Legalising cannabis is not an issue dominated by the left or the right. Photo: The Age
Some big news has come out of North America and it has nothing to do with Trump. Canadian Prime Minister Justin Trudeau has introduced legislation that will legalise and regulate cannabis use in Canada. This would make Canada the second country the world (after Uruguay) to legalise adult use of cannabis. This comes off the heels of some ground-breaking reforms that took place in November last year when California, Massachusetts, Maine and Nevada all voted to legalise and regulate cannabis use, joining Colorado, Alaska, Washington and Oregon. One in five Americans now live in a state where adult use of cannabis is legal or is in the process of being made legal. So why has the debate barely even begun in Australia?
In Australia the long arm of the law still has a long reach, waging a war on drugs. Last year, there were more than 26,000 criminal incidents of cannabis possession in NSW. These made up more than half of all drug possession offences and more than all other drugs combined. These failed attempts to wipe out cannabis use continue to drag people through the criminal justice system causing unnecessary harm to them and their families while also wasting limited police resources. Moreover, the Government's glacial pace of legalising medicinal cannabis has meant that these arrests include those who are forced to access cannabis on the so-called black market for treatment.
Cannabis isn't my cup of tea, but it is of many Australians. More than one in three have consumed cannabis in their life and one in 10 has done so in the previous year. Surely, no one can agree that these millions of people are criminals.
Whether adults are using cannabis for recreational purposes or to treat illnesses, there is no excuse for arrests and criminalisation. Australian National University's 30-year election study published this year found less than a third of people support the current system of criminalisation. Evidence is mounting for us to at least look into alternative system of managing and minimising harm. The same drivers for legalisation in the United States are very much present here in Australia – principally, to end ineffective and punitive approaches and their damaging health and social consequences.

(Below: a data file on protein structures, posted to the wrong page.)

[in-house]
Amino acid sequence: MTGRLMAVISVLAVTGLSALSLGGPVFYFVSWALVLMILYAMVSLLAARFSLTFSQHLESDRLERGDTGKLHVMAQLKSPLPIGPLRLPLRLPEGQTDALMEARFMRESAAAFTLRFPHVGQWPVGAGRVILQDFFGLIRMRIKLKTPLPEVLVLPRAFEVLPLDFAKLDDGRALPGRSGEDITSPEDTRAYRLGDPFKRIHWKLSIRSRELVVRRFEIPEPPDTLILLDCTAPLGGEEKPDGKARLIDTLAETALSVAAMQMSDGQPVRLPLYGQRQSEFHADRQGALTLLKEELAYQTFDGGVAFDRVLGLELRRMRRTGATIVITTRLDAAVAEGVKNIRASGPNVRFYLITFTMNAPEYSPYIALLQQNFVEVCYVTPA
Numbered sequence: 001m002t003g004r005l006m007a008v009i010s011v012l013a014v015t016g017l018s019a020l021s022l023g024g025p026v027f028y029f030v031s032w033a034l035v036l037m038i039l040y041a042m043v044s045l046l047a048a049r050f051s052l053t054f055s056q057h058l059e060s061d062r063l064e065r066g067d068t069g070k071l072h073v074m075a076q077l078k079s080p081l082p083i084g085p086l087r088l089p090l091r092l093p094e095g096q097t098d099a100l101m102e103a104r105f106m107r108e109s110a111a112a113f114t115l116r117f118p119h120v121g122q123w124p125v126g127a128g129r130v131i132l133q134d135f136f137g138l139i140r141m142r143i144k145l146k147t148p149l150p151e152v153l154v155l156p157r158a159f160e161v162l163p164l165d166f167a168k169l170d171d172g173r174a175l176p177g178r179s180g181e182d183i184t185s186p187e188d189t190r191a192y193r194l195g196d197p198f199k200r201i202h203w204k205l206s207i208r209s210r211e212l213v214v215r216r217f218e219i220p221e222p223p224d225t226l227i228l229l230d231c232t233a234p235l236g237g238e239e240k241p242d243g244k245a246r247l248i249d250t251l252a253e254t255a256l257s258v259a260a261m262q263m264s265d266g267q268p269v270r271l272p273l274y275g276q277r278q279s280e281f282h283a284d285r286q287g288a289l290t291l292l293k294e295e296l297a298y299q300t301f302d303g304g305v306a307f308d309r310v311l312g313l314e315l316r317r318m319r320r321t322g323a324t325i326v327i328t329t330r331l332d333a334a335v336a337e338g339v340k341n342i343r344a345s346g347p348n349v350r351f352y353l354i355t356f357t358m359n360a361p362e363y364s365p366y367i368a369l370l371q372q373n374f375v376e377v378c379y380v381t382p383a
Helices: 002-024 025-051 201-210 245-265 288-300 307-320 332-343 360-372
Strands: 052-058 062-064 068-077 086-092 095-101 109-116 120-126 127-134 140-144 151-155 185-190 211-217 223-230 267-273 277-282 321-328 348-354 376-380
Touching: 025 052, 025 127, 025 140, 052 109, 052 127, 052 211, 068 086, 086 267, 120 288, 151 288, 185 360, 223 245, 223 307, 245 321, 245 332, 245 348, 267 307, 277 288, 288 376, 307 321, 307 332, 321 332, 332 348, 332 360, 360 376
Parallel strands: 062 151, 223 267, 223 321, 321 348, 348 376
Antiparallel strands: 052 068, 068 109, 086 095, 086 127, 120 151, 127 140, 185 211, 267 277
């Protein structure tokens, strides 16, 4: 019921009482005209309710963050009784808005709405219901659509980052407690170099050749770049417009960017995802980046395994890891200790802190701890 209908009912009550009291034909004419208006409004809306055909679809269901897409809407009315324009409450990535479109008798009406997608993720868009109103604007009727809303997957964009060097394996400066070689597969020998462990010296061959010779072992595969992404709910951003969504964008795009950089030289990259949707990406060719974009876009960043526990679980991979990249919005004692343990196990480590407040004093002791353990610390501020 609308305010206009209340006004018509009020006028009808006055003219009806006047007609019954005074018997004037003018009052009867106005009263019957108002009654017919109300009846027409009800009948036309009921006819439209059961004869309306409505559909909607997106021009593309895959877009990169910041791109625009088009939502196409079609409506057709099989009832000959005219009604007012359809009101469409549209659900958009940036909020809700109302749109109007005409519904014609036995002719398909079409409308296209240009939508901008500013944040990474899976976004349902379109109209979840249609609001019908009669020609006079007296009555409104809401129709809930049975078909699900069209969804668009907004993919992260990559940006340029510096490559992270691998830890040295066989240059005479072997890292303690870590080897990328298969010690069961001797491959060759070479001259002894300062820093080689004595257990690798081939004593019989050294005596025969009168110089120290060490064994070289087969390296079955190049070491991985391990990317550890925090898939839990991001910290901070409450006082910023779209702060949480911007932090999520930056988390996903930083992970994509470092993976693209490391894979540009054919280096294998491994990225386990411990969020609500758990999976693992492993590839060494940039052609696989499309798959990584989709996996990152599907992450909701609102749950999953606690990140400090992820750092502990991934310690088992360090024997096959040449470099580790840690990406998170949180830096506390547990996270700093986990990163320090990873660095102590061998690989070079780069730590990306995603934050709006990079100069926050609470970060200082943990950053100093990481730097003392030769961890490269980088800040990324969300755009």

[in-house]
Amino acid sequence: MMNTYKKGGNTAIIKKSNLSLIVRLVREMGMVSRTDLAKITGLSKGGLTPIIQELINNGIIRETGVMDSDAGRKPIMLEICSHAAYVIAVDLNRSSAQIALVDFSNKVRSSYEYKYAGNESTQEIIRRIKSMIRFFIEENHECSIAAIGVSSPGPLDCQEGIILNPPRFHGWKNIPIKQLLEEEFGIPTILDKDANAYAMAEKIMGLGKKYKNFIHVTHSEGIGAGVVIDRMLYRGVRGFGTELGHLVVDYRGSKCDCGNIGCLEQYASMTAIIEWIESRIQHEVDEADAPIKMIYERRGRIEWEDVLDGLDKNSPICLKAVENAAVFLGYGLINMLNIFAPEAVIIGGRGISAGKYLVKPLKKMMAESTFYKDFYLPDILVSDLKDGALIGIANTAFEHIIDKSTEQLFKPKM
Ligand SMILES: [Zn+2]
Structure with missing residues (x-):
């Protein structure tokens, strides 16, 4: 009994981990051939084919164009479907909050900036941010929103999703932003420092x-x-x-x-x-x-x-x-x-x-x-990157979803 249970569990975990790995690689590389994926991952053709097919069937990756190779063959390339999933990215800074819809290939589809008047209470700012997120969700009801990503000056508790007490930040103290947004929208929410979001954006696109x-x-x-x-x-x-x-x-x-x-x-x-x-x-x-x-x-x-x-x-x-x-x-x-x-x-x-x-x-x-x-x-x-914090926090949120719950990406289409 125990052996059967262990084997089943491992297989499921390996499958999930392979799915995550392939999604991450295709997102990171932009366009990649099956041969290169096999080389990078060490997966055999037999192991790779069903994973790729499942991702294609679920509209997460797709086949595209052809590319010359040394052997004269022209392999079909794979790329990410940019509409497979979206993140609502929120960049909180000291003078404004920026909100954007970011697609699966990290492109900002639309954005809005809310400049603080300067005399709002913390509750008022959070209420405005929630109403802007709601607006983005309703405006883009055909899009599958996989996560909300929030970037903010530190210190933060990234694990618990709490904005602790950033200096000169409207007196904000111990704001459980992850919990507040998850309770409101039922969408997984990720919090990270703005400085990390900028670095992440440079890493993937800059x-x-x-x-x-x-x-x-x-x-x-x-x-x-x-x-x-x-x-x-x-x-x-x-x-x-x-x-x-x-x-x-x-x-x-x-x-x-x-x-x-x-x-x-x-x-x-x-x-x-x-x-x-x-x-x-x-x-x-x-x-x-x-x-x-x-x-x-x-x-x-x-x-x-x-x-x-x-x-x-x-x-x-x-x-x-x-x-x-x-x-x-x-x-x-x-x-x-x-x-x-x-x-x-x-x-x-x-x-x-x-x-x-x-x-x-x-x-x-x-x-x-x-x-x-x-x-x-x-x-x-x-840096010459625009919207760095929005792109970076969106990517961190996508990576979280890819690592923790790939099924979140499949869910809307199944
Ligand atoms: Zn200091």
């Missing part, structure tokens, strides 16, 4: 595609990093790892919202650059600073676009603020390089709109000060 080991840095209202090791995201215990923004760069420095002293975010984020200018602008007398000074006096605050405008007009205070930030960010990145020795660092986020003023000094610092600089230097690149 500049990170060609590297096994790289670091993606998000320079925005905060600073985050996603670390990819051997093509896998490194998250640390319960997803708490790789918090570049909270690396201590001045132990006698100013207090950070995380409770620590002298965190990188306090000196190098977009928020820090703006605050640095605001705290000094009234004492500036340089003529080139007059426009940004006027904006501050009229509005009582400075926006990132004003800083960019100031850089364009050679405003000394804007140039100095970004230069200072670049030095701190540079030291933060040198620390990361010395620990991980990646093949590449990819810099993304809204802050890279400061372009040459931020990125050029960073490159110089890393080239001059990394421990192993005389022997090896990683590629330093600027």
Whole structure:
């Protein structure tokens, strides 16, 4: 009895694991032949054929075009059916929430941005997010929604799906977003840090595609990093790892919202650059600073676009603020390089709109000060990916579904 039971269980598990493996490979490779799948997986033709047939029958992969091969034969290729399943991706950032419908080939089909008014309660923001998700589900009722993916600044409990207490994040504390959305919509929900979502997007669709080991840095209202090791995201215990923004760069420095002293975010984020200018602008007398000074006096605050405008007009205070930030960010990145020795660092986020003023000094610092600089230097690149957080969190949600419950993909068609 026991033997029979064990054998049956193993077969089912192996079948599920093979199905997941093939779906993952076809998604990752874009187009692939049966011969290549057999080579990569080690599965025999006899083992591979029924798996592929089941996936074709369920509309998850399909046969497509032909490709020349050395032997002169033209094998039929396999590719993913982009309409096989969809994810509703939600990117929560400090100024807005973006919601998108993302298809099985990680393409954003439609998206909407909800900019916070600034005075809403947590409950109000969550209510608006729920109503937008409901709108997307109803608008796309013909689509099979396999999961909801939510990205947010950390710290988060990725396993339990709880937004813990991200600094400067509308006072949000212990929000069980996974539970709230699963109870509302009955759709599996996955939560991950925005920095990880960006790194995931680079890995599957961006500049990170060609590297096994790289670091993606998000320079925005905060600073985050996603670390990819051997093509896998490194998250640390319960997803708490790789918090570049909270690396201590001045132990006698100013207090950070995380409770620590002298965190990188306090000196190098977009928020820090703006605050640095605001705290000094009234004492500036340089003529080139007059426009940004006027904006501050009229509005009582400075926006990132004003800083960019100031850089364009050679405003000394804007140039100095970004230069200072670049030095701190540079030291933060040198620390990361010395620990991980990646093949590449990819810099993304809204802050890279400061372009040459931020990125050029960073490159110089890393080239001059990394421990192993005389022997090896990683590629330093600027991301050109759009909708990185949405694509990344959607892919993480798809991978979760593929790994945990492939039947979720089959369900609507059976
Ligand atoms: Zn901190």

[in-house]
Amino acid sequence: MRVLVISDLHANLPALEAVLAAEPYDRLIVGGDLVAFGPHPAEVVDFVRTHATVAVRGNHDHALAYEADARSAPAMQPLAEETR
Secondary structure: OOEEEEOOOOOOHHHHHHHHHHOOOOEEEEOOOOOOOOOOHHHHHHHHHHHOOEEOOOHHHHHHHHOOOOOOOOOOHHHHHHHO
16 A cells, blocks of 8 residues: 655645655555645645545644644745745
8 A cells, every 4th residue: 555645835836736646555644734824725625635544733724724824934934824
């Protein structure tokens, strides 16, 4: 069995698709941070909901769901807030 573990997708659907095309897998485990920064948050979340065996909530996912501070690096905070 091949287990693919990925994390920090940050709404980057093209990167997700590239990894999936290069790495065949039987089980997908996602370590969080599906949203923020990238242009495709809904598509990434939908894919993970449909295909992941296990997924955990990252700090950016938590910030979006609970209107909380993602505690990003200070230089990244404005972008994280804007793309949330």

The secondary economic benefits of a regulated system of cannabis use have also become evident. Licensing revenues of regulated cannabis can generate significant income which can then be reinvested in education and health programs. For example, in 2016 in Colorado, the legal cannabis market was worth $1.3 billion and generated about $199 million in tax and fees which is put towards schools and public health. The legal cannabis industry is expected to employ 300,000 people by 2020 in the US states that have legalised it. However, any system of legalisation and regulation must allow people to retain the right to grow their own cannabis for personal use, within reasonable limits.
In some respects, we are already on the road to decriminalisation, but we need to go further on cannabis. In many Australian states, there is a Cannabis Caution Scheme that has operated for some years. In NSW, based on a recommendation of the NSW Drug Summit in 1999, police have the discretion to caution rather than charge adults detected for minor cannabis offences. But how you are dealt with by the law depends on where you are. A 2011 NSW Auditor General's report found concerning geographic disparities as to whether someone found with a small amount of cannabis was cautioned or whether they were charged. Police in the Eastern Suburbs, North Shore and Hills districts issues a caution more than 70 per cent of the time. This plunges to less than 20 per cent at Quakers Hill, Walgett and Bathurst. The law must be clear and equal for all.
Finally it is important to point out that legalising cannabis is not an issue dominated by the left or the right. In the United States, the majority of people in Alaska voted for legalisation but they haven't voted for a Democratic president since 1964. In Britain, the neoliberal Adam Smith Institute has called the current drug strategy a failure and is strongly advocating for legalisation as the only solution to crime and addiction problems. In NSW, the Greens policy calls for the regulation of cannabis through the formation of a legal supply.
By maintaining a prohibition on cannabis, we continue to allow unregulated black markets to flourish. We fail people who want to seek support for drug dependence by keeping them in the shadows.
It is time to admit that we need a different approach that will work for everyone and one that promotes safety and harm reduction. It's time to develop a system for legalising and regulating cannabis use in NSW.
Dr Mehreen Faruqi is a Greens NSW MP.